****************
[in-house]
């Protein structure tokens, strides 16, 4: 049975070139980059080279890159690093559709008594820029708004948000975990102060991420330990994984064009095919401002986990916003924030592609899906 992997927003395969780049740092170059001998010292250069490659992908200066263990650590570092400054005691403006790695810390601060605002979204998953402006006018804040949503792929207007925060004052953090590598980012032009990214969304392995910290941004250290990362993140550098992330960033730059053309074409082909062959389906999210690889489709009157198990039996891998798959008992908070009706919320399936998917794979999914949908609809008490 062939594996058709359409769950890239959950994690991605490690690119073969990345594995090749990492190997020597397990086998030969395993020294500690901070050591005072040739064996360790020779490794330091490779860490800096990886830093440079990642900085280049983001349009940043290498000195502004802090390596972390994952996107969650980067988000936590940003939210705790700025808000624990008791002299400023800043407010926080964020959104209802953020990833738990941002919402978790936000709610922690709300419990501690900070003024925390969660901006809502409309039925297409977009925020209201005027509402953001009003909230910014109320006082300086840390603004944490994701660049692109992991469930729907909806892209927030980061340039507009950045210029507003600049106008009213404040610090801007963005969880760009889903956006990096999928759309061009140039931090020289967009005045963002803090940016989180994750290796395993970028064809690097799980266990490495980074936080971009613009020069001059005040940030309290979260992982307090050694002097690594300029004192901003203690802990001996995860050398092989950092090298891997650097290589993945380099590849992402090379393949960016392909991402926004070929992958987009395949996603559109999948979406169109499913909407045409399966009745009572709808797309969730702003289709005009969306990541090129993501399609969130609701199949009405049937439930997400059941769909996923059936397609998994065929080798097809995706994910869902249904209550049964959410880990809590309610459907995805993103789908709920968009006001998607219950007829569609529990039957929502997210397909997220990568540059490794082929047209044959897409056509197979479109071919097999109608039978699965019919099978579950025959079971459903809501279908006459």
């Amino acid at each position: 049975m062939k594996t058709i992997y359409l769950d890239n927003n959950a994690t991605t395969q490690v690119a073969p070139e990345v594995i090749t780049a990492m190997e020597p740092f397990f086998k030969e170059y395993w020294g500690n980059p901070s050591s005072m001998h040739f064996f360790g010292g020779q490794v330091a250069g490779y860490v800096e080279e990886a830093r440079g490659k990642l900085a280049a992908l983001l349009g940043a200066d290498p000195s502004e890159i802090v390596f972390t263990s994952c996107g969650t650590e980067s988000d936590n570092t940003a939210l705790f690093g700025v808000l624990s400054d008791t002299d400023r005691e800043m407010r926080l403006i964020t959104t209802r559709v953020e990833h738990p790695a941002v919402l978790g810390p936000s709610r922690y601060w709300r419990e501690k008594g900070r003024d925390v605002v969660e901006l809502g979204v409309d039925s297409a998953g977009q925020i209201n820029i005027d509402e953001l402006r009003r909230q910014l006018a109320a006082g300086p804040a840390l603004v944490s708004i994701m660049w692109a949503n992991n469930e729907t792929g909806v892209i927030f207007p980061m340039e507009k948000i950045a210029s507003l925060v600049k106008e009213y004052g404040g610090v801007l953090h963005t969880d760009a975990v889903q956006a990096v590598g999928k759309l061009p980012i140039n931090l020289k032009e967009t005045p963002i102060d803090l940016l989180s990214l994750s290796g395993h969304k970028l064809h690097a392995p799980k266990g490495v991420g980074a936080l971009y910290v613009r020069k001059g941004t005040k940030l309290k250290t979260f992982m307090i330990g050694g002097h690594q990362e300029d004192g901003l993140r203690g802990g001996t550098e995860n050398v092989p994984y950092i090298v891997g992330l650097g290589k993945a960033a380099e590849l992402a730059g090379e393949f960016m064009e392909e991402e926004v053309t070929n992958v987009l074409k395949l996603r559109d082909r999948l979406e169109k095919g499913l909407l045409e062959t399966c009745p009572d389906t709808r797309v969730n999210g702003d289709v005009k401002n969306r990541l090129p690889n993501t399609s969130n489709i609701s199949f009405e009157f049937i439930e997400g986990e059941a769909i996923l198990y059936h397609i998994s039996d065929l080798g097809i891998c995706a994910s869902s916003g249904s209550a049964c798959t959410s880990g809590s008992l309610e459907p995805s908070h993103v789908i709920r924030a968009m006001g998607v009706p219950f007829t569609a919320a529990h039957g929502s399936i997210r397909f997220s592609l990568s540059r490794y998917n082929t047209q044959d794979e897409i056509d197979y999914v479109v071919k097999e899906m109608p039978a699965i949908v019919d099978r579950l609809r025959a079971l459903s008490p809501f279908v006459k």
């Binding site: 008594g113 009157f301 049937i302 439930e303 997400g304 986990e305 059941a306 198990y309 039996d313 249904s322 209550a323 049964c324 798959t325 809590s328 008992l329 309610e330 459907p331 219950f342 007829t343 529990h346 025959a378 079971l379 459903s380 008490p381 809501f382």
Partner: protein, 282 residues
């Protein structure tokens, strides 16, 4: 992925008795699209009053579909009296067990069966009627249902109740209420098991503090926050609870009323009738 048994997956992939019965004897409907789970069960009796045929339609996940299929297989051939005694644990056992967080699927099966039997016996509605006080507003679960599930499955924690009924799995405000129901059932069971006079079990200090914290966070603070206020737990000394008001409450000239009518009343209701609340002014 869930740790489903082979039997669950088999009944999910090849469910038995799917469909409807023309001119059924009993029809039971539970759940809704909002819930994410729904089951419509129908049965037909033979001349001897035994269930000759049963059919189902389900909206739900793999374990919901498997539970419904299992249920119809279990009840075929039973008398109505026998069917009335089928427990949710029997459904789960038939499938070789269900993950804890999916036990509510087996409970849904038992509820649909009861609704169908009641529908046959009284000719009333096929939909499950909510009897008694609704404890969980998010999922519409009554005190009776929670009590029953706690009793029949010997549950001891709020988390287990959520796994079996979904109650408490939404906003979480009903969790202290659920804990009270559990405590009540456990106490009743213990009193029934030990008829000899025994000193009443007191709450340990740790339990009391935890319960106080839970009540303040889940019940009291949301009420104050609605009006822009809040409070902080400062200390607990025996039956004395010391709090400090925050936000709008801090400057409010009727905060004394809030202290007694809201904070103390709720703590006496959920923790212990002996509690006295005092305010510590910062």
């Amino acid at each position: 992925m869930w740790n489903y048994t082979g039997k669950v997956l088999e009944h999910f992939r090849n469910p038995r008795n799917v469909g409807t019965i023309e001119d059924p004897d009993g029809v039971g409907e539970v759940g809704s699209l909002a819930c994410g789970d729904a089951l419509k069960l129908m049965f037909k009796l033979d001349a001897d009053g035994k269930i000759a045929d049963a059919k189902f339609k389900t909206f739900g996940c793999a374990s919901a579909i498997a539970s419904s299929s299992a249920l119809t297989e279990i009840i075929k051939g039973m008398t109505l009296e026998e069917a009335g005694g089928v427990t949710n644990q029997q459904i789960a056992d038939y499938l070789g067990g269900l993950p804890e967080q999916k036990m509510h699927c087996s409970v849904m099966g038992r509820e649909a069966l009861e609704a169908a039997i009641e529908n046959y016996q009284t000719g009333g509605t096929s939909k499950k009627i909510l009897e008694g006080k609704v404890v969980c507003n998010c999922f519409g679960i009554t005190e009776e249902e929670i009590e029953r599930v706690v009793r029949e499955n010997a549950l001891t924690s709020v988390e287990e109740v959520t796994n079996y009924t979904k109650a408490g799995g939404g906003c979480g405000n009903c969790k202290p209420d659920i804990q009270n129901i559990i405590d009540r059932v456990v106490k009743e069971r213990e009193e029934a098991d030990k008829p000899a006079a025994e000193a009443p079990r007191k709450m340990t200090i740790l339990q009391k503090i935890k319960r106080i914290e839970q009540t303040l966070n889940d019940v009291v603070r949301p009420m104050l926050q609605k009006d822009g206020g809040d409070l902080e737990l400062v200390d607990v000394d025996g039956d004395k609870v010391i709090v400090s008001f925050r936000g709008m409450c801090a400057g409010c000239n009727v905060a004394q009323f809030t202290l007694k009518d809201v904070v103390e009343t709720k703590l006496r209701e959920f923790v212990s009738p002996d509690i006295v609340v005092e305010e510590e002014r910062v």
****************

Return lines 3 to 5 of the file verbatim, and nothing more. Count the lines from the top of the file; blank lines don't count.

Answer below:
């Amino acid at each position: 049975m062939k594996t058709i992997y359409l769950d890239n927003n959950a994690t991605t395969q490690v690119a073969p070139e990345v594995i090749t780049a990492m190997e020597p740092f397990f086998k030969e170059y395993w020294g500690n980059p901070s050591s005072m001998h040739f064996f360790g010292g020779q490794v330091a250069g490779y860490v800096e080279e990886a830093r440079g490659k990642l900085a280049a992908l983001l349009g940043a200066d290498p000195s502004e890159i802090v390596f972390t263990s994952c996107g969650t650590e980067s988000d936590n570092t940003a939210l705790f690093g700025v808000l624990s400054d008791t002299d400023r005691e800043m407010r926080l403006i964020t959104t209802r559709v953020e990833h738990p790695a941002v919402l978790g810390p936000s709610r922690y601060w709300r419990e501690k008594g900070r003024d925390v605002v969660e901006l809502g979204v409309d039925s297409a998953g977009q925020i209201n820029i005027d509402e953001l402006r009003r909230q910014l006018a109320a006082g300086p804040a840390l603004v944490s708004i994701m660049w692109a949503n992991n469930e729907t792929g909806v892209i927030f207007p980061m340039e507009k948000i950045a210029s507003l925060v600049k106008e009213y004052g404040g610090v801007l953090h963005t969880d760009a975990v889903q956006a990096v590598g999928k759309l061009p980012i140039n931090l020289k032009e967009t005045p963002i102060d803090l940016l989180s990214l994750s290796g395993h969304k970028l064809h690097a392995p799980k266990g490495v991420g980074a936080l971009y910290v613009r020069k001059g941004t005040k940030l309290k250290t979260f992982m307090i330990g050694g002097h690594q990362e300029d004192g901003l993140r203690g802990g001996t550098e995860n050398v092989p994984y950092i090298v891997g992330l650097g290589k993945a960033a380099e590849l992402a730059g090379e393949f960016m064009e392909e991402e926004v053309t070929n992958v987009l074409k395949l996603r559109d082909r999948l979406e169109k095919g499913l909407l045409e062959t399966c009745p009572d389906t709808r797309v969730n999210g702003d289709v005009k401002n969306r990541l090129p690889n993501t399609s969130n489709i609701s199949f009405e009157f049937i439930e997400g986990e059941a769909i996923l198990y059936h397609i998994s039996d065929l080798g097809i891998c995706a994910s869902s916003g249904s209550a049964c798959t959410s880990g809590s008992l309610e459907p995805s908070h993103v789908i709920r924030a968009m006001g998607v009706p219950f007829t569609a919320a529990h039957g929502s399936i997210r397909f997220s592609l990568s540059r490794y998917n082929t047209q044959d794979e897409i056509d197979y999914v479109v071919k097999e899906m109608p039978a699965i949908v019919d099978r579950l609809r025959a079971l459903s008490p809501f279908v006459k």
């Binding site: 008594g113 009157f301 049937i302 439930e303 997400g304 986990e305 059941a306 198990y309 039996d313 249904s322 209550a323 049964c324 798959t325 809590s328 008992l329 309610e330 459907p331 219950f342 007829t343 529990h346 025959a378 079971l379 459903s380 008490p381 809501f382």
Partner: protein, 282 residues